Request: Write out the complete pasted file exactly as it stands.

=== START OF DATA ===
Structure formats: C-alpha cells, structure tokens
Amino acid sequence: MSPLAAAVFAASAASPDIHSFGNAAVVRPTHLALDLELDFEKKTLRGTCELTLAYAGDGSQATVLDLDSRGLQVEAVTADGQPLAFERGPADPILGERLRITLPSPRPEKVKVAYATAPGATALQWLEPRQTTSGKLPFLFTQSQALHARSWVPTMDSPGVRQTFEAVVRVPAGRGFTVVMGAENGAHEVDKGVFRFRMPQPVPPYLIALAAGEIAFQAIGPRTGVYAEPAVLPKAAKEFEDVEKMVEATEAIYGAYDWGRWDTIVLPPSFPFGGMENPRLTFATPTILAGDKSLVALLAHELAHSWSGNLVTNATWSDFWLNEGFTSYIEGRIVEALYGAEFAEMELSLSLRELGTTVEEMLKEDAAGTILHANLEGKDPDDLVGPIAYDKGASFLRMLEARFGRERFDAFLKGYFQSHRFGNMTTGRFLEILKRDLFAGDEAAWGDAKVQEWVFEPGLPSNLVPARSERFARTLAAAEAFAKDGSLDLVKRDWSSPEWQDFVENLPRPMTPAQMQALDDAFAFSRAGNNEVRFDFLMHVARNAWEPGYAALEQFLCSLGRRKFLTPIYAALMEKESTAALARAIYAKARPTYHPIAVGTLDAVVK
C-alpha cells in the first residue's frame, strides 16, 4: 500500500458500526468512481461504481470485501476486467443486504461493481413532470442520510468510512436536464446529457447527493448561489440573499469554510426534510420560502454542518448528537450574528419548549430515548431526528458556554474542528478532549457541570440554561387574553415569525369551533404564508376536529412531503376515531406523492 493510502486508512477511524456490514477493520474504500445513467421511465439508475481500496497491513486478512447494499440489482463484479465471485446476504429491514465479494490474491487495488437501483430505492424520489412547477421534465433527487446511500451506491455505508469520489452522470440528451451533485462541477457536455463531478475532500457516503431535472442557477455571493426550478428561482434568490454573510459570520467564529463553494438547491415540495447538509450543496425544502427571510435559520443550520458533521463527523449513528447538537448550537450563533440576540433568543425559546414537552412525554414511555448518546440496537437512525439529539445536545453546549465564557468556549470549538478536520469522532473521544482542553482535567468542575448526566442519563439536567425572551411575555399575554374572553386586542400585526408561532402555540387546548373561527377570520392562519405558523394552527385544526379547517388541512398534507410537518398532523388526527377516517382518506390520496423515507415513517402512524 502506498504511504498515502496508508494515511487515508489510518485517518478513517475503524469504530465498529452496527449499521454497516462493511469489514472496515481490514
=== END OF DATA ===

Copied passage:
Structure formats: C-alpha cells, structure tokens
Amino acid sequence: MSPLAAAVFAASAASPDIHSFGNAAVVRPTHLALDLELDFEKKTLRGTCELTLAYAGDGSQATVLDLDSRGLQVEAVTADGQPLAFERGPADPILGERLRITLPSPRPEKVKVAYATAPGATALQWLEPRQTTSGKLPFLFTQSQALHARSWVPTMDSPGVRQTFEAVVRVPAGRGFTVVMGAENGAHEVDKGVFRFRMPQPVPPYLIALAAGEIAFQAIGPRTGVYAEPAVLPKAAKEFEDVEKMVEATEAIYGAYDWGRWDTIVLPPSFPFGGMENPRLTFATPTILAGDKSLVALLAHELAHSWSGNLVTNATWSDFWLNEGFTSYIEGRIVEALYGAEFAEMELSLSLRELGTTVEEMLKEDAAGTILHANLEGKDPDDLVGPIAYDKGASFLRMLEARFGRERFDAFLKGYFQSHRFGNMTTGRFLEILKRDLFAGDEAAWGDAKVQEWVFEPGLPSNLVPARSERFARTLAAAEAFAKDGSLDLVKRDWSSPEWQDFVENLPRPMTPAQMQALDDAFAFSRAGNNEVRFDFLMHVARNAWEPGYAALEQFLCSLGRRKFLTPIYAALMEKESTAALARAIYAKARPTYHPIAVGTLDAVVK
C-alpha cells in the first residue's frame, strides 16, 4: 500500500458500526468512481461504481470485501476486467443486504461493481413532470442520510468510512436536464446529457447527493448561489440573499469554510426534510420560502454542518448528537450574528419548549430515548431526528458556554474542528478532549457541570440554561387574553415569525369551533404564508376536529412531503376515531406523492 493510502486508512477511524456490514477493520474504500445513467421511465439508475481500496497491513486478512447494499440489482463484479465471485446476504429491514465479494490474491487495488437501483430505492424520489412547477421534465433527487446511500451506491455505508469520489452522470440528451451533485462541477457536455463531478475532500457516503431535472442557477455571493426550478428561482434568490454573510459570520467564529463553494438547491415540495447538509450543496425544502427571510435559520443550520458533521463527523449513528447538537448550537450563533440576540433568543425559546414537552412525554414511555448518546440496537437512525439529539445536545453546549465564557468556549470549538478536520469522532473521544482542553482535567468542575448526566442519563439536567425572551411575555399575554374572553386586542400585526408561532402555540387546548373561527377570520392562519405558523394552527385544526379547517388541512398534507410537518398532523388526527377516517382518506390520496423515507415513517402512524 502506498504511504498515502496508508494515511487515508489510518485517518478513517475503524469504530465498529452496527449499521454497516462493511469489514472496515481490514